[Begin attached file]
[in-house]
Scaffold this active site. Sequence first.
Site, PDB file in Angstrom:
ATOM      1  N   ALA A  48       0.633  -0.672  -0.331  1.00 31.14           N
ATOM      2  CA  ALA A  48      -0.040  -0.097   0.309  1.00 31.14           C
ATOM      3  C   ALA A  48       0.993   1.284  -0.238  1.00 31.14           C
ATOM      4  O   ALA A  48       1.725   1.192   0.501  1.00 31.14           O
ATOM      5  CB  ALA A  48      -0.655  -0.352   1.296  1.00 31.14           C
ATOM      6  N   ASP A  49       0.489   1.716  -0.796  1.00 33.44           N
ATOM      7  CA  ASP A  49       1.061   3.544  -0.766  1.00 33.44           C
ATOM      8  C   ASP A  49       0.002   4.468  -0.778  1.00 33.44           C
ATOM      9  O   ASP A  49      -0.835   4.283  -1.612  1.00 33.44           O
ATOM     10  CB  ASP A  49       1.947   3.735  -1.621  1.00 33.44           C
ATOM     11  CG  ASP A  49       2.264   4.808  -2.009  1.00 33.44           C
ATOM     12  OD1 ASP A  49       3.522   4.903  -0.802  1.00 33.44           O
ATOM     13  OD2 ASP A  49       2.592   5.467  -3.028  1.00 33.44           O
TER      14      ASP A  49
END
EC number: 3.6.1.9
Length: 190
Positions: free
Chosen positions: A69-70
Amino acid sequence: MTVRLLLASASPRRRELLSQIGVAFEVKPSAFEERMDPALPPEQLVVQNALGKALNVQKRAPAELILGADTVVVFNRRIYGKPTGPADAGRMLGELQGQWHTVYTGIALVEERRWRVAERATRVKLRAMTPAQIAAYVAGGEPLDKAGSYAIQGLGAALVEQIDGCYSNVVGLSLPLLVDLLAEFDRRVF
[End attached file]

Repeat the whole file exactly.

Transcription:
[in-house]
Scaffold this active site. Sequence first.
Site, PDB file in Angstrom:
ATOM      1  N   ALA A  48       0.633  -0.672  -0.331  1.00 31.14           N
ATOM      2  CA  ALA A  48      -0.040  -0.097   0.309  1.00 31.14           C
ATOM      3  C   ALA A  48       0.993   1.284  -0.238  1.00 31.14           C
ATOM      4  O   ALA A  48       1.725   1.192   0.501  1.00 31.14           O
ATOM      5  CB  ALA A  48      -0.655  -0.352   1.296  1.00 31.14           C
ATOM      6  N   ASP A  49       0.489   1.716  -0.796  1.00 33.44           N
ATOM      7  CA  ASP A  49       1.061   3.544  -0.766  1.00 33.44           C
ATOM      8  C   ASP A  49       0.002   4.468  -0.778  1.00 33.44           C
ATOM      9  O   ASP A  49      -0.835   4.283  -1.612  1.00 33.44           O
ATOM     10  CB  ASP A  49       1.947   3.735  -1.621  1.00 33.44           C
ATOM     11  CG  ASP A  49       2.264   4.808  -2.009  1.00 33.44           C
ATOM     12  OD1 ASP A  49       3.522   4.903  -0.802  1.00 33.44           O
ATOM     13  OD2 ASP A  49       2.592   5.467  -3.028  1.00 33.44           O
TER      14      ASP A  49
END
EC number: 3.6.1.9
Length: 190
Positions: free
Chosen positions: A69-70
Amino acid sequence: MTVRLLLASASPRRRELLSQIGVAFEVKPSAFEERMDPALPPEQLVVQNALGKALNVQKRAPAELILGADTVVVFNRRIYGKPTGPADAGRMLGELQGQWHTVYTGIALVEERRWRVAERATRVKLRAMTPAQIAAYVAGGEPLDKAGSYAIQGLGAALVEQIDGCYSNVVGLSLPLLVDLLAEFDRRVF